Traditional healers in the treatment of common mental disorders in South Africa

Katherine Sorsdahl, Dan J. Stein, Anna Grimsrud, Soraya Seedat, Alan J. Flisher, David R. Williams, Landon Myer

Research output: Contribution to journalArticlepeer-review

115 Scopus citations


There are few population-level insights into the use of traditional healers and other forms of alternative care for the treatment of common mental disorders in sub-Saharan Africa. We examined the extent to which alternative practitioners are consulted, and predictors of traditional healer visits. A national survey was conducted with 3651 adult South Africans between 2002 and 2004, using the World Health Organization Composite International Diagnostic Interview (CIDI) to generate DSM-IV diagnoses for common mood, anxiety, and substance use disorders. A minority of participants with a lifetime DSM-IV diagnosis obtained treatment from Western (29%) or alternative (20%) practitioners. Traditional healers were consulted by 9% of the respondents and 11% consulted a religious or spiritual advisor. Use of traditional healers in the full sample was predicted by older age, black race, unemployment, lower education, and having an anxiety or a substance use disorder. Alternative practitioners, including traditional healers and religious advisors, appear to play a notable role in the delivery of mental health care in South Africa.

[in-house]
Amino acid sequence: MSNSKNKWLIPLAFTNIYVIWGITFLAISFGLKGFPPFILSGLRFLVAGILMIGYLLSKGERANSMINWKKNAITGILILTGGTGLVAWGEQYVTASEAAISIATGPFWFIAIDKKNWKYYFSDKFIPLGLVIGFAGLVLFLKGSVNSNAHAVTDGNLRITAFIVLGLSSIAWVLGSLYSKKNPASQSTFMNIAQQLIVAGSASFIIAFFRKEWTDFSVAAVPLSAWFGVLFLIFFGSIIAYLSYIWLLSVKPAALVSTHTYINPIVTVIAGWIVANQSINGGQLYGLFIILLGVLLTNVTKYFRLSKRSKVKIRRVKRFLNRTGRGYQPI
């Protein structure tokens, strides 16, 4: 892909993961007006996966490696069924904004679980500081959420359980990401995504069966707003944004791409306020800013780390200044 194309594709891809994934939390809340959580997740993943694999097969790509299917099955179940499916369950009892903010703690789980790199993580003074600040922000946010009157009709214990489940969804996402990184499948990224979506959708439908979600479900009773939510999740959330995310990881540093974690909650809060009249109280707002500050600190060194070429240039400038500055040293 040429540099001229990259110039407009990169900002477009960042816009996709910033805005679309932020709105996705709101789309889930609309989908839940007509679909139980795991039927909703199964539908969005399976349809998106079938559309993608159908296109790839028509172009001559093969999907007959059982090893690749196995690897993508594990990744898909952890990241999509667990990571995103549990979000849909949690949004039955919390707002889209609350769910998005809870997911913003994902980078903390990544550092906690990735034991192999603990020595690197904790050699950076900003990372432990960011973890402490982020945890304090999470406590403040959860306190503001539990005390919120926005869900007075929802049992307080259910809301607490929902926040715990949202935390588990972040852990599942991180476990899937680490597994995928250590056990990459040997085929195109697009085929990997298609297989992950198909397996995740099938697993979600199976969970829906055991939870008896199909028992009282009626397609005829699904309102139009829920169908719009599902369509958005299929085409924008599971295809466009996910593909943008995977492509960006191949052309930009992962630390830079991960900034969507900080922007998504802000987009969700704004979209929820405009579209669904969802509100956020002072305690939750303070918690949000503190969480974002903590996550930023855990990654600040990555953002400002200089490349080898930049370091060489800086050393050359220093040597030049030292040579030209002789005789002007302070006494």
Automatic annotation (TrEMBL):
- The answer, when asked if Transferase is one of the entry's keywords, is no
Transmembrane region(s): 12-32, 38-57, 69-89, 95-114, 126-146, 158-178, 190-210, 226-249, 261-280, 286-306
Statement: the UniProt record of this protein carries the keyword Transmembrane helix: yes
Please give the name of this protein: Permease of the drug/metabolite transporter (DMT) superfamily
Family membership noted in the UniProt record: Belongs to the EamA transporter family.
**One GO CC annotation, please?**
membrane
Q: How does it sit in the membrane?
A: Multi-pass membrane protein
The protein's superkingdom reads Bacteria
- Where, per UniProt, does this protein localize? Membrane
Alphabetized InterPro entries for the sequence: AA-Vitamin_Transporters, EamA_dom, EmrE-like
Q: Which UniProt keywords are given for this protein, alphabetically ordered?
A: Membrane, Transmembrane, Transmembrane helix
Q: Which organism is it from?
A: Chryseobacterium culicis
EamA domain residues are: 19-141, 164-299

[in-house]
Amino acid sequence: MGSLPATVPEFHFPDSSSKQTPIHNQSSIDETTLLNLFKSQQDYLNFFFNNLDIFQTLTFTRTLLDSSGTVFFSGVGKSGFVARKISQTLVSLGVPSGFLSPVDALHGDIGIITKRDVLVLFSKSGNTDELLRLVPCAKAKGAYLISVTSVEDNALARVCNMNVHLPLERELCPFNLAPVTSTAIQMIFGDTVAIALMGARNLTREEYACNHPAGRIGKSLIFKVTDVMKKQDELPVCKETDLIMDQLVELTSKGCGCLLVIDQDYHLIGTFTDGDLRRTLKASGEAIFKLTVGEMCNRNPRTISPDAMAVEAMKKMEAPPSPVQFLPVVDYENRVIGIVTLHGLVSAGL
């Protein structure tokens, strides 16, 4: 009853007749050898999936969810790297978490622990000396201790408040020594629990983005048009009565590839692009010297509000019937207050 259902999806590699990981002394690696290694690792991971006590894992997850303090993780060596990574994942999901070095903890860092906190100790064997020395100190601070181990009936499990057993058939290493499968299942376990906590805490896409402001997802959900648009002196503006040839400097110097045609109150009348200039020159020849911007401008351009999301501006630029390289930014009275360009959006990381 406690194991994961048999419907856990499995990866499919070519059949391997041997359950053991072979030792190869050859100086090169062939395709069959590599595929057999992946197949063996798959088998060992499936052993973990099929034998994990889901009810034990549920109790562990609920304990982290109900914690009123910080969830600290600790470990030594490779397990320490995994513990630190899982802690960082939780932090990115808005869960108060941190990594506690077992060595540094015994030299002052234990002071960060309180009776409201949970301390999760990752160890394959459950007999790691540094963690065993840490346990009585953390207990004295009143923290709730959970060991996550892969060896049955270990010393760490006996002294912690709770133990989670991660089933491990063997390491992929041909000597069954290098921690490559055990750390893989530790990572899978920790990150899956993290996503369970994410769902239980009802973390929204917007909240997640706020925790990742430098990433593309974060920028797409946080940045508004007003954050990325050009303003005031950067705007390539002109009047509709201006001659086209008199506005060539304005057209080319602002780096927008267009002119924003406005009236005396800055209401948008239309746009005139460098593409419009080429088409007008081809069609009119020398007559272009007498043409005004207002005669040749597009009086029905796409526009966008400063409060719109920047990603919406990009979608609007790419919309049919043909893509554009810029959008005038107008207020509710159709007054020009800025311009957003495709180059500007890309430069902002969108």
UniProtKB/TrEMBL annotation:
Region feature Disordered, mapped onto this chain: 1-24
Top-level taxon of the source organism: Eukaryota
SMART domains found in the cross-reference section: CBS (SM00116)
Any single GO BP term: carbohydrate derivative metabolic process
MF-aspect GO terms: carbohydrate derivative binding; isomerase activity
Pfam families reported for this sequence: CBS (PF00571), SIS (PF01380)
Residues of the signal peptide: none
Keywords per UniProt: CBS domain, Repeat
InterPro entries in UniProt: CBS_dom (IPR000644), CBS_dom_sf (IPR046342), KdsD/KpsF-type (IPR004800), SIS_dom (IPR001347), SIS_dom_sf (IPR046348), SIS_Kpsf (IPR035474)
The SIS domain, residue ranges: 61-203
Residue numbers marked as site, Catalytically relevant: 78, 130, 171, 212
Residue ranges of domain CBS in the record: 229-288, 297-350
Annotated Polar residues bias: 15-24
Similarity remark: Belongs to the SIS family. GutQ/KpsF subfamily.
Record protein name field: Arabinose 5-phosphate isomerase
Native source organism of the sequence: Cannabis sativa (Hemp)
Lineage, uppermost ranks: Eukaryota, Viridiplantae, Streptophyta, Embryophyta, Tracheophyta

Original languageEnglish
Pages (from-to)434-441
Number of pages8
JournalJournal of Nervous and Mental Disease
Issue number6
StatePublished - Jun 2009
Externally publishedYes


  • Common mental disorder
  • Mental health
  • Religious advisor
  • South Africa
  • Traditional Healer


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